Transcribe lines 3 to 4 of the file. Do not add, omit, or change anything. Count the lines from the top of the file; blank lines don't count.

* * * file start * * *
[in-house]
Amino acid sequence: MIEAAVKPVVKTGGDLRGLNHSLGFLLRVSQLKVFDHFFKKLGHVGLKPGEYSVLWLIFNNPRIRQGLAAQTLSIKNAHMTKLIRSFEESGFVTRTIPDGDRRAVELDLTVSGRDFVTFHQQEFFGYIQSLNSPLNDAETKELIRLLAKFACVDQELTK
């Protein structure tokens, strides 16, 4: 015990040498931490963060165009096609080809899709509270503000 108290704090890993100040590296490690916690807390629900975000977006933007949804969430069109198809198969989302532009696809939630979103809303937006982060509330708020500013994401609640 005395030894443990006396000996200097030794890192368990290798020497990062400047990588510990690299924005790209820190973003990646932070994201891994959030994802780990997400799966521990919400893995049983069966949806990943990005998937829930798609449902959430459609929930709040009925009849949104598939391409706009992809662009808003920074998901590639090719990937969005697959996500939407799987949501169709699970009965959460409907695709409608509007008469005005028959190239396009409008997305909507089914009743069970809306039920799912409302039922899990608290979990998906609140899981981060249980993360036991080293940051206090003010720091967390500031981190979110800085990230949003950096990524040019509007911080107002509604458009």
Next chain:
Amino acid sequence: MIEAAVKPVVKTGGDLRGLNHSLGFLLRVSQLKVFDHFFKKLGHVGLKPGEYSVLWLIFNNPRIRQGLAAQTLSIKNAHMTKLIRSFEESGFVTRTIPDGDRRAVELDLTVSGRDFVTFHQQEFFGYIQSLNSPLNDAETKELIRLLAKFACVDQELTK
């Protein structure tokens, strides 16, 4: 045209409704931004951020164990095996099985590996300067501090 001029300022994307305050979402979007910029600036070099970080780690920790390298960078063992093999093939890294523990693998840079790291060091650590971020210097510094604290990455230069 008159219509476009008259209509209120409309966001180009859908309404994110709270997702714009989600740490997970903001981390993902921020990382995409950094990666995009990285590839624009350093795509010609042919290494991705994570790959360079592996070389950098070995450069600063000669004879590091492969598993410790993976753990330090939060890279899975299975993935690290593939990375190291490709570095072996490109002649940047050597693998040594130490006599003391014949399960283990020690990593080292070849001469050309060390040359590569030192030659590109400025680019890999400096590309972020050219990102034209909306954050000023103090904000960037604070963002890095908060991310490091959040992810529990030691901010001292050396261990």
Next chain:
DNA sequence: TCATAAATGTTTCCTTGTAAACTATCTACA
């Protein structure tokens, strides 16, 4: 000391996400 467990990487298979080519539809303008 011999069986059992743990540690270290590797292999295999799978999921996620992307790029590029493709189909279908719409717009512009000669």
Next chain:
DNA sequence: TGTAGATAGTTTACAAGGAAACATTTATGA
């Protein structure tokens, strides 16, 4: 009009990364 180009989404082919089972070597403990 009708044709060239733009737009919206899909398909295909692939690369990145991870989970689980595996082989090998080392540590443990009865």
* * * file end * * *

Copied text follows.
């Protein structure tokens, strides 16, 4: 015990040498931490963060165009096609080809899709509270503000 108290704090890993100040590296490690916690807390629900975000977006933007949804969430069109198809198969989302532009696809939630979103809303937006982060509330708020500013994401609640 005395030894443990006396000996200097030794890192368990290798020497990062400047990588510990690299924005790209820190973003990646932070994201891994959030994802780990997400799966521990919400893995049983069966949806990943990005998937829930798609449902959430459609929930709040009925009849949104598939391409706009992809662009808003920074998901590639090719990937969005697959996500939407799987949501169709699970009965959460409907695709409608509007008469005005028959190239396009409008997305909507089914009743069970809306039920799912409302039922899990608290979990998906609140899981981060249980993360036991080293940051206090003010720091967390500031981190979110800085990230949003950096990524040019509007911080107002509604458009």
Next chain: